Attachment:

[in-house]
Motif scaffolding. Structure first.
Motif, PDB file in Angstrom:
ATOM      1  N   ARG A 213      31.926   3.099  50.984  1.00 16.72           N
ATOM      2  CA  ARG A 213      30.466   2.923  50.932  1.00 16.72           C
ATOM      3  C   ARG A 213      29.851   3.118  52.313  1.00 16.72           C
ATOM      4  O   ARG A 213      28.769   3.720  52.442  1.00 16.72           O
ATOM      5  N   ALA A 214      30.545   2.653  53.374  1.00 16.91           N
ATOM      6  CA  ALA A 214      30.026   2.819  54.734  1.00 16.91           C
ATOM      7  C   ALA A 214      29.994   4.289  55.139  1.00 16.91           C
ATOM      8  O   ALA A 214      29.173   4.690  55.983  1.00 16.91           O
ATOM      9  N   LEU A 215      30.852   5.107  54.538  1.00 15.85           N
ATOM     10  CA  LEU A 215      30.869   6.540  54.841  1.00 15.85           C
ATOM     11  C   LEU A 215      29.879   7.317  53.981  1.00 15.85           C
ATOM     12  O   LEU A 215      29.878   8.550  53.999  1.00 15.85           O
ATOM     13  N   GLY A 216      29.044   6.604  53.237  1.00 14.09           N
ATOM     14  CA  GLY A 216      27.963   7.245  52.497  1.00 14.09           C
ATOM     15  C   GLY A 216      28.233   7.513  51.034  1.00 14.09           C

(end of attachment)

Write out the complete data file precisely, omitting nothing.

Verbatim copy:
[in-house]
Motif scaffolding. Structure first.
Motif, PDB file in Angstrom:
ATOM      1  N   ARG A 213      31.926   3.099  50.984  1.00 16.72           N
ATOM      2  CA  ARG A 213      30.466   2.923  50.932  1.00 16.72           C
ATOM      3  C   ARG A 213      29.851   3.118  52.313  1.00 16.72           C
ATOM      4  O   ARG A 213      28.769   3.720  52.442  1.00 16.72           O
ATOM      5  N   ALA A 214      30.545   2.653  53.374  1.00 16.91           N
ATOM      6  CA  ALA A 214      30.026   2.819  54.734  1.00 16.91           C
ATOM      7  C   ALA A 214      29.994   4.289  55.139  1.00 16.91           C
ATOM      8  O   ALA A 214      29.173   4.690  55.983  1.00 16.91           O
ATOM      9  N   LEU A 215      30.852   5.107  54.538  1.00 15.85           N
ATOM     10  CA  LEU A 215      30.869   6.540  54.841  1.00 15.85           C
ATOM     11  C   LEU A 215      29.879   7.317  53.981  1.00 15.85           C
ATOM     12  O   LEU A 215      29.878   8.550  53.999  1.00 15.85           O
ATOM     13  N   GLY A 216      29.044   6.604  53.237  1.00 14.09           N
ATOM     14  CA  GLY A 216      27.963   7.245  52.497  1.00 14.09           C
ATOM     15  C   GLY A 216      28.233   7.513  51.034  1.00 14.09           C